Gorvan cared little for that. Instead, his gaze moved automatically to the statue that sparkled in the breast of the river. “Gods,” he whispered.

The statue stood imperiously as the waters coursed unheeded about its feet, the royal head staring upward, the arms akimbo on the hips. In shape and pattern it was not especially novel or spectacular. But in substance…

“What…what is it made of?” Gorvan asked, his eyes dazzled by the twinkling of his lifeless twin.

“Quartz, amethyst, some zircon. Anything that could be acquired and that would catch the light. You are a mighty king,” I said, lathering it on thickly. “Your brilliance lights the kingdom, so could your statue do less for the river?”

The statue of Gorvan twinkled in the dim morning twilight, as though made of starstuff.

Ourath-Kjell, who rode behind me, coughed delicately and muttered warningly, “The sun.”

I looked up and realized the sky was brightening, the sun rising higher on the horizon. Hastily, I said, “My Lord, the local village is most pleased to offer you their hospitality after your long journey here.”

The king stared at his scintillant doppelganger, like a child entranced by a butterfly.

“Food and a place to rest before you return home,” I repeated.

He glanced back at his statue, then at me, then nodded, grinning toothily. “You’ve done well, Master Builder. Exceptionally so. The delay, though trying to our patience, was worth it.” Wheeling his horse about, he started back the way we’d come, his entourage at his heels.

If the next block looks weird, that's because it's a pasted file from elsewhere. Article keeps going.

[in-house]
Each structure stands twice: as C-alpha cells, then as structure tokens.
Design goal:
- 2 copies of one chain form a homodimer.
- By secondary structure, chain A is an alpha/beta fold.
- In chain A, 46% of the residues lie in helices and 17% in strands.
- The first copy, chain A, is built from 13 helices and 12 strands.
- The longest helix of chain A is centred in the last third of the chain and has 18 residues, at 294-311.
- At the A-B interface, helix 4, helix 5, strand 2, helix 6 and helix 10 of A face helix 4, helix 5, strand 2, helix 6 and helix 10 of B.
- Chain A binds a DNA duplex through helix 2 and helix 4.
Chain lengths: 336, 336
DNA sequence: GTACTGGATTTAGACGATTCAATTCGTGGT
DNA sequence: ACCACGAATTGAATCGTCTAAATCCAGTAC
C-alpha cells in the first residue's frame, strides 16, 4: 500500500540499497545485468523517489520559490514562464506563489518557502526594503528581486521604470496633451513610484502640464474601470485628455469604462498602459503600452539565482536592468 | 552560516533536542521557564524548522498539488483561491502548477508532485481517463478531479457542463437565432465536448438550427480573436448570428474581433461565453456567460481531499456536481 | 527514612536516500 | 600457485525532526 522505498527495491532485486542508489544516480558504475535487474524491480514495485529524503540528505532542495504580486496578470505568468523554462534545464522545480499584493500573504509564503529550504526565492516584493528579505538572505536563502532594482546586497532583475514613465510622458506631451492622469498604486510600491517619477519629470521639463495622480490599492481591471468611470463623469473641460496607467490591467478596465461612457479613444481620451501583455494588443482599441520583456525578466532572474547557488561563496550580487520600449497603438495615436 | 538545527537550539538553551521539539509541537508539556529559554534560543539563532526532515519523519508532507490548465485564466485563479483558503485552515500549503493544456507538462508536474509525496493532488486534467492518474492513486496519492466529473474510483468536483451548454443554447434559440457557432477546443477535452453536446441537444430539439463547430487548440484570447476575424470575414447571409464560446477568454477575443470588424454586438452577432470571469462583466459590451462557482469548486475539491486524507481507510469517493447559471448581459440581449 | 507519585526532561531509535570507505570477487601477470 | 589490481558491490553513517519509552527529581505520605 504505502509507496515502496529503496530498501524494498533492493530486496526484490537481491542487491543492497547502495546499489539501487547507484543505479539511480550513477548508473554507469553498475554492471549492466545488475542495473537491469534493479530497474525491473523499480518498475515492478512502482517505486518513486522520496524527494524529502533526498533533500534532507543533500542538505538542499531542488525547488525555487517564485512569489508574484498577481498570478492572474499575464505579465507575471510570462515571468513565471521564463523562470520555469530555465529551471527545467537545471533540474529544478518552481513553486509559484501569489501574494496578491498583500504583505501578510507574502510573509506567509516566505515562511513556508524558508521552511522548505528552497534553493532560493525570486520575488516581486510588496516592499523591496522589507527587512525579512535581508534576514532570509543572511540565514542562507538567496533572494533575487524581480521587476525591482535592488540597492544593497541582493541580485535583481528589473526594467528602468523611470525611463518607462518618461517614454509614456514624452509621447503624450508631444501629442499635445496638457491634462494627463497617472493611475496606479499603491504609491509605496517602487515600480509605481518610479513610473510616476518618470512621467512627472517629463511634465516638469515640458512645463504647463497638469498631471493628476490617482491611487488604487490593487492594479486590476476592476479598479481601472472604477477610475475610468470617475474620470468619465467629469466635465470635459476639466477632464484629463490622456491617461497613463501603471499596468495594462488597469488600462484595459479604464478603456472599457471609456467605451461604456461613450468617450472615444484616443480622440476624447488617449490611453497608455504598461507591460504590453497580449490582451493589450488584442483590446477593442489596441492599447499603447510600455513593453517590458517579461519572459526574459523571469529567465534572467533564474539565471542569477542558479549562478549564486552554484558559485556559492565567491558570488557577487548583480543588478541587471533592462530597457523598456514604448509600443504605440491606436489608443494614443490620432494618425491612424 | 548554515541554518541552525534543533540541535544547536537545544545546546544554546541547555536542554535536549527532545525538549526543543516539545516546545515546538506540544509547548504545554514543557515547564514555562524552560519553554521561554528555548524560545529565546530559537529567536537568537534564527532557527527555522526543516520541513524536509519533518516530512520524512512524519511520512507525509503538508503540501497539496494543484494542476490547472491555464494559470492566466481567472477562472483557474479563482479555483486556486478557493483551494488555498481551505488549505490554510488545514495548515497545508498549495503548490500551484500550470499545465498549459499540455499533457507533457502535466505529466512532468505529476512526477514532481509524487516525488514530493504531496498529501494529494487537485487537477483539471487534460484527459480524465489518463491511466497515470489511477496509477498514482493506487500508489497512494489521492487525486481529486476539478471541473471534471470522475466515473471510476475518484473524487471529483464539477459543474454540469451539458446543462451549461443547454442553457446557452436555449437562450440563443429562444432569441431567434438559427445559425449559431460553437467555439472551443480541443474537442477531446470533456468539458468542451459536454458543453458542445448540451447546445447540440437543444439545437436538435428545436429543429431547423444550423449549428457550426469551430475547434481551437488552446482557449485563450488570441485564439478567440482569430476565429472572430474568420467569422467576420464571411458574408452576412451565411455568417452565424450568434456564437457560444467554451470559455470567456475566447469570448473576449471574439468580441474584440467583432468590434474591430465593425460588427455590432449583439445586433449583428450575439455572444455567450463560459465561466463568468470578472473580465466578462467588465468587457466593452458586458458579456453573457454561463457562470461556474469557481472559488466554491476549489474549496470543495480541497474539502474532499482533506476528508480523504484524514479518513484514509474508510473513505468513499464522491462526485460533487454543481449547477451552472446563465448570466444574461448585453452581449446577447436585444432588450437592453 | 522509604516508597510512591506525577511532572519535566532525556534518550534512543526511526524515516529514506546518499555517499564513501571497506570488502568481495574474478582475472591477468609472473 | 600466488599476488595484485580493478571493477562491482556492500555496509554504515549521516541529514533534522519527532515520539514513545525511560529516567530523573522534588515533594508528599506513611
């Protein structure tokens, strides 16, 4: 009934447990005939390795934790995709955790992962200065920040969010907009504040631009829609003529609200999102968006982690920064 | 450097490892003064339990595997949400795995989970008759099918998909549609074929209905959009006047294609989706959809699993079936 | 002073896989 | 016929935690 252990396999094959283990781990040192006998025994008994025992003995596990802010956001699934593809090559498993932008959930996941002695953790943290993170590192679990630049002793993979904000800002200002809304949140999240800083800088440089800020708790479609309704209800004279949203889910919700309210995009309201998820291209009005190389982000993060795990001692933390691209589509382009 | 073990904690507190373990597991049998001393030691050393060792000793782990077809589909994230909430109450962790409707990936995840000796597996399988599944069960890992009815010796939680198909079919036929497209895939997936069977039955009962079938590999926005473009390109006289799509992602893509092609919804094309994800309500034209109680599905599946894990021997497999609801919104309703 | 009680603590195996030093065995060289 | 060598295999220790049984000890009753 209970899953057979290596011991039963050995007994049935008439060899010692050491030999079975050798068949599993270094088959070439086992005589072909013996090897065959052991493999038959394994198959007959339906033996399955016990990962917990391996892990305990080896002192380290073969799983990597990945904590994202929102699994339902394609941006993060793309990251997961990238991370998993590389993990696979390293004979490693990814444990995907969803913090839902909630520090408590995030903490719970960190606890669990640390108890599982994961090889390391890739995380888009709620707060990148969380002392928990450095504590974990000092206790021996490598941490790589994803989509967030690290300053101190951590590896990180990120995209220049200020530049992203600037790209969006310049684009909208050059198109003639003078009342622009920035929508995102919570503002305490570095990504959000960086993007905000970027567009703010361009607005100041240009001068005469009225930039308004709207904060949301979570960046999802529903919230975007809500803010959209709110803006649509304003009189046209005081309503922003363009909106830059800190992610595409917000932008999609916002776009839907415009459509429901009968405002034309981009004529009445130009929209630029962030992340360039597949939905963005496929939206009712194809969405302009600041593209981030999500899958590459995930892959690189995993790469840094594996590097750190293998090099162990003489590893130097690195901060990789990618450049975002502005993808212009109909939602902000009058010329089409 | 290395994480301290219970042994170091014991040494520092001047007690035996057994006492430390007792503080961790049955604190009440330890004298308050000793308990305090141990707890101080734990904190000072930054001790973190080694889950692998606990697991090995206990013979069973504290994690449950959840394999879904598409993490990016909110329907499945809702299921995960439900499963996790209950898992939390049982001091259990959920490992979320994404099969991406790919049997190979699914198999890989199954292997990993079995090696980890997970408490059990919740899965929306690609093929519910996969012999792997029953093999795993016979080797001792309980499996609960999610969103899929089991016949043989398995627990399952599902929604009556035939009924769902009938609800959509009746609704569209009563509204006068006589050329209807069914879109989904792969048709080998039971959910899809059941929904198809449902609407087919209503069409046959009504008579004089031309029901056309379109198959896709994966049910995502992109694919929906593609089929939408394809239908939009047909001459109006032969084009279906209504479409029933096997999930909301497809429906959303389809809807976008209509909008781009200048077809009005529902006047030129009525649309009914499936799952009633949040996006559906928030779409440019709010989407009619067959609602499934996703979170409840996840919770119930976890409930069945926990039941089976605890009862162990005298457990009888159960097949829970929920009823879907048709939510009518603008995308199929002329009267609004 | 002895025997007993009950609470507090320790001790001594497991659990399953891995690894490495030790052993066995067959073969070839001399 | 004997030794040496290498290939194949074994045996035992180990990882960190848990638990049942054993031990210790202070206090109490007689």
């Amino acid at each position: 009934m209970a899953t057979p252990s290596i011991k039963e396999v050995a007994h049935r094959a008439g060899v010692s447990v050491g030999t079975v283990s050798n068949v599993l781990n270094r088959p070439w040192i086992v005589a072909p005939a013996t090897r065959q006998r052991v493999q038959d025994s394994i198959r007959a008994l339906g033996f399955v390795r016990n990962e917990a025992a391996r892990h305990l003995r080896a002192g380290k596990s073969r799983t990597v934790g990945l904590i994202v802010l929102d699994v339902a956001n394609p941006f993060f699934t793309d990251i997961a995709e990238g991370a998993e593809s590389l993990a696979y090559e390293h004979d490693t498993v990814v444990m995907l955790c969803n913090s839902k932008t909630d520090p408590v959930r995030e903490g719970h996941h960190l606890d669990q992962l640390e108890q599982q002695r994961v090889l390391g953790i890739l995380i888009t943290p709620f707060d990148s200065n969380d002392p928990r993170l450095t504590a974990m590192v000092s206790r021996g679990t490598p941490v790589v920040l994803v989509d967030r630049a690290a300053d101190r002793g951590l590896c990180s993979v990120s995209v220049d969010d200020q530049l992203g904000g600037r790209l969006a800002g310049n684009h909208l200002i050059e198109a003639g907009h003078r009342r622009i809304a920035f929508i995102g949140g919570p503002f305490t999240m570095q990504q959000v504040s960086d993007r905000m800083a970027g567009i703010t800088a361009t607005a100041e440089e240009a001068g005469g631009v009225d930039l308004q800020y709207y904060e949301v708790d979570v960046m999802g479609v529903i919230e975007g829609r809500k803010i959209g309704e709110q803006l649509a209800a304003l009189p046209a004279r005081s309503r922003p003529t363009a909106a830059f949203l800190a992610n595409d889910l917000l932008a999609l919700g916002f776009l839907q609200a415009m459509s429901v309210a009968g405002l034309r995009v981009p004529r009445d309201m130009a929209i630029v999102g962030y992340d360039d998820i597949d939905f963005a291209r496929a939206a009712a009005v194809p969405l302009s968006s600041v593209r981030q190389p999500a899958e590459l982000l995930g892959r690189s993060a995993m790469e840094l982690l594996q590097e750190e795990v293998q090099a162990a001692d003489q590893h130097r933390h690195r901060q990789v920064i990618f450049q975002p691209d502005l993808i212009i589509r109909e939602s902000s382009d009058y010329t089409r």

As he passed me, the Lord Executioner muttered, “I’m glad I did not have to kill you, Master Builder. But, oddly, I’m disappointed that you capitulated.” And then he was following after his king.

Ourath-Kjell and I remained. I glanced back at the river just as the dazzling light of the sun struck its breast, the radiance, like fire, racing across the rippling surface. The sun struck the statue of Gorvan, powerful rays cutting easily through the translucent stones we had used in its making, and in moments, where once a statue of King Gorvan stood, there was now revealed a stone form of a beautiful young maiden, encased in a nimbus glow created by the transparent and translucent gems we had shaped around her form.

In twilight hours, Gorvan’s statue would command the river, but when full light lay upon it, whether in day, or by moonlight, it was a statue of a maiden that travellers would see.

Suddenly a startled laugh erupted behind me. I turned to see the Lord Executioner seated upon his mount, returning to make some final comment, and discovering my secret. He laughed till tears ran down his cheek. At last he wiped at his eyes with a gloved hand. “I underestimated your gall, Master Builder.”